Some translations try and deal with this issue by starting a new paragraph after the first sentence in 1 Samuel 4:1. However, the King James Version and several other versions have no such separation. Other versions like the Septuagint, Douay-Rheims Bible, and New American Bible don’t include anything about Samuel’s word going out to all of Israel. The New Living Translation (NLT) presents an even odder solution by stating, “And Samuel’s words went out to all the people of Israel” and saying nothing else in verse one or subsequent verses about the Israelites gathering to fight the Philistines. Instead, the NLT includes this text before verse one! A verse zero, if you will. 

As I’ve said, how we read this verse gives us insight into the beginning of Samuel’s career. Does it start with the deaths of 30,000 Israelites and the loss of the Ark of God, or does it start with the fulfillment of the Lord’s prophecy concerning Hophni and Phinehas?

The Mysterious Brothers

In Paul’s second letter to the Corinthians, he mentions two brothers who are going to be visiting the Corinthians. 

And we are sending along with him the brother who is praised by all the churches for his service to the gospel.

2 Corinthians 8:18 (NIV)

In addition, we are sending with them our brother who has often proved to us in many ways that he is zealous, and now even more so because of his great confidence in you.

2 Corinthians 8:22 (NIV)

Who are these brothers that Paul talks about? No one living knows, and we have no record of who they were. I did do some research into the identities of these men and wasn’t planning on talking about these verses until I read this version from the Amplified Bible. 

But we are sending along with him that brother [Luke?] whose praise in the Gospel ministry [is spread] throughout all the churches; 2 Corinthians 8:18

(AMPC)

I like the Amplified Bible. It’s a great tool to have around when you can only compare verses and don’t have commentaries to read because the added clarification in it is often commentarial in nature. However, that’s all that it is. Someone’s opinion on what the text might mean. This is why we should never read the Amplified Bible as a primary text. Again, I am not bashing this version. However, we might easily forget the question mark and think it was Luke.

The truth is this person could have been Apollos, Mark, Tychicus, Trophimus, or any other person we have or have not heard about. What’s important isn’t the man but the message. For no other reason, this is why I believe Paul didn’t mention the person’s name because the Corinthians tended to give more credit to the man instead of the Gospel message. This was the first point Paul brought up to them in his first letter. Some professed to follow Paul, Apollos, or even Peter when all of them should have been following Christ.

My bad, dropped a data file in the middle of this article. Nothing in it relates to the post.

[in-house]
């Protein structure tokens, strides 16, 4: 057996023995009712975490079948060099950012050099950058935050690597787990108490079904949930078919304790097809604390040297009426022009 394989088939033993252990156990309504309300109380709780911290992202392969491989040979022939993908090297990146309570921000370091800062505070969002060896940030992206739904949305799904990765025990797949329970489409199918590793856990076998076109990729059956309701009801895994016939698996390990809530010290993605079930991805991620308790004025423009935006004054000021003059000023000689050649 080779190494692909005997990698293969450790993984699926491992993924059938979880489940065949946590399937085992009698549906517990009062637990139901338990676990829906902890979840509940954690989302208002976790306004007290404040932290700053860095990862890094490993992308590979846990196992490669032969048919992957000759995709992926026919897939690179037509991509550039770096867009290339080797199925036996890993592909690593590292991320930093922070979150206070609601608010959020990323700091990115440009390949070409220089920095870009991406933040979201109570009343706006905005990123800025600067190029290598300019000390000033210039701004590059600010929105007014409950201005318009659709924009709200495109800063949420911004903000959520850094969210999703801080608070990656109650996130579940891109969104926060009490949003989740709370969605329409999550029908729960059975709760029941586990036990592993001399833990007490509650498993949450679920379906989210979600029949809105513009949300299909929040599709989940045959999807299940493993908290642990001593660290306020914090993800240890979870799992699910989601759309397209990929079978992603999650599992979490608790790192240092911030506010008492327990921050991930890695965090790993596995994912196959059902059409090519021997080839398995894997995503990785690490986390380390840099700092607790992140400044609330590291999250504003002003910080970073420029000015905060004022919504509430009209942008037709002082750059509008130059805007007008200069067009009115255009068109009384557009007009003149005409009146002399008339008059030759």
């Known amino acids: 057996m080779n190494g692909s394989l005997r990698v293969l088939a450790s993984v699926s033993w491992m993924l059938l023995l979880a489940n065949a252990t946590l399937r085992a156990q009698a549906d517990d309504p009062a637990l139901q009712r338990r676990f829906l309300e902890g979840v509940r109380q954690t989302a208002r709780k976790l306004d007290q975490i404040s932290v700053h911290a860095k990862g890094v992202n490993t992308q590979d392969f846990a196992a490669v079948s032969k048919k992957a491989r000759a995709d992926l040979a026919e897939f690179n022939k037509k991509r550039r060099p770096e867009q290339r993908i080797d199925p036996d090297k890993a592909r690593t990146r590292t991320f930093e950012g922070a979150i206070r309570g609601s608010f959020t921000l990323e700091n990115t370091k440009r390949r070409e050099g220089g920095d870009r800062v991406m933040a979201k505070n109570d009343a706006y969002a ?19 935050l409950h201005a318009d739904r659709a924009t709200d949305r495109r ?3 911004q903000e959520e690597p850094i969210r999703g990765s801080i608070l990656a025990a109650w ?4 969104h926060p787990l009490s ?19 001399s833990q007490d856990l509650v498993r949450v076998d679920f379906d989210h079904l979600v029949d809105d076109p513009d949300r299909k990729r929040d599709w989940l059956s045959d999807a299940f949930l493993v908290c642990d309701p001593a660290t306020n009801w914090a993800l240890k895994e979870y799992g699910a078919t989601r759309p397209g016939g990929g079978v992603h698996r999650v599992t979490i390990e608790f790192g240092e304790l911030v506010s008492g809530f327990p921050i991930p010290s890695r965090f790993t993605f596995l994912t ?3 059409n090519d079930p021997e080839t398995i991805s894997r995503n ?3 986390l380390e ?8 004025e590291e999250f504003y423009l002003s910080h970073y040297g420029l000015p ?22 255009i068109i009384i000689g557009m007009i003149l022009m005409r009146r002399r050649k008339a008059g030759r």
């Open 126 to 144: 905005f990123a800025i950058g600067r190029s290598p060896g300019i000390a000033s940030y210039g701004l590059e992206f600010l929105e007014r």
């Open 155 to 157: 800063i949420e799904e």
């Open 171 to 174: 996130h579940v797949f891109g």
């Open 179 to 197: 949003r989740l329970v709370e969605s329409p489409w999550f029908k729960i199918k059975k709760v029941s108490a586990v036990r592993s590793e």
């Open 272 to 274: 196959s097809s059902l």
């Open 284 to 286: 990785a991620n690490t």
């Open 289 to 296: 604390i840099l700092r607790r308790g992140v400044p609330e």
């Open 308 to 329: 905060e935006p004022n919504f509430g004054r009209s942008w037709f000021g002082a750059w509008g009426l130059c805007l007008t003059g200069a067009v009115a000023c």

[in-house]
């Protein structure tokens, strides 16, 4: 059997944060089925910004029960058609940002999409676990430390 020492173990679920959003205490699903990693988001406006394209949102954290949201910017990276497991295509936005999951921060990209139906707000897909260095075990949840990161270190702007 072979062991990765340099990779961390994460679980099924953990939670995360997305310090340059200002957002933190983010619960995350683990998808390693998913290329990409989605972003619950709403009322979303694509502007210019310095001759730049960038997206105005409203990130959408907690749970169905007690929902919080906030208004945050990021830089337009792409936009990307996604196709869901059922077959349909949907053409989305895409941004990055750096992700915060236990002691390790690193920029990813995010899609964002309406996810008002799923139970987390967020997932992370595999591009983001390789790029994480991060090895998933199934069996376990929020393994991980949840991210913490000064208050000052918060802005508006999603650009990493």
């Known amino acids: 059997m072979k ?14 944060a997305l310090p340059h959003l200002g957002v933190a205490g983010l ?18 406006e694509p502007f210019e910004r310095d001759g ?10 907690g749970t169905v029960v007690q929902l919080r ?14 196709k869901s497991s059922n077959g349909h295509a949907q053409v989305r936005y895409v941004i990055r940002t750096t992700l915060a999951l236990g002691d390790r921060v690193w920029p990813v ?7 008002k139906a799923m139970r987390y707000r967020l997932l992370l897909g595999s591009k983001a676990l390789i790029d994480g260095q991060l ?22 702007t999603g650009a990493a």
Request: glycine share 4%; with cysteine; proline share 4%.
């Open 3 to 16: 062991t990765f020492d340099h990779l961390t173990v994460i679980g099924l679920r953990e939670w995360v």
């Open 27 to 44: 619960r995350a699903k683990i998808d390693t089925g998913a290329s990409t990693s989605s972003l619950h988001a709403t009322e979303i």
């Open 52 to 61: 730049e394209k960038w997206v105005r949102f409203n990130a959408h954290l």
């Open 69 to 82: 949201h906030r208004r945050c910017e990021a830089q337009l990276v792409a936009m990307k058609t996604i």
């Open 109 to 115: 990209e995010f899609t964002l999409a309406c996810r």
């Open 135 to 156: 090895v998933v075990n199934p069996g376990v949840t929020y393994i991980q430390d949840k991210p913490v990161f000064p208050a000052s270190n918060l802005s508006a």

And we’re no different from the Corinthians. We have our favorite preachers and pastors as well as those we’d rather not see or hear from. We would all be wise to remember Paul’s declaration of how we ought to view those who bring us the word.

This, then, is how you ought to regard us: as servants of Christ and as those entrusted with the mysteries God has revealed.

1 Corinthians 4:1 (NIV)

Do you know God? God knows you, and he loves you. He sees you as significant because you are. No one is insignificant to Him. He’s with you today, and he wants you to know him. Jesus died for your sins and mine so we could be free of guilt, be free from death, and live eternally with him. Eternal salvation is just a prayer away. 

Pray this prayer with me to accept the gift of salvation today:

Lord Jesus, forgive me for all my sins. I repent from my ways. Wash me in your blood and cleanse me from all unrighteousness. I believe that you died on the cross, were buried, and on the third day, God the Father raised you from the dead. Right now, Lord Jesus, I open the door to my heart, and I receive you into my heart as my Lord and personal Savior. Amen.

If you prayed that prayer, then congratulations! You are on the first step of a brand new life. Allow me to be the first to welcome you to my family, the family of God. There are abundant resources available online for new Christians. You can visit here for more information on what to do next. You can also leave me a comment, and I’ll do my best to help you on the next step of this incredible journey.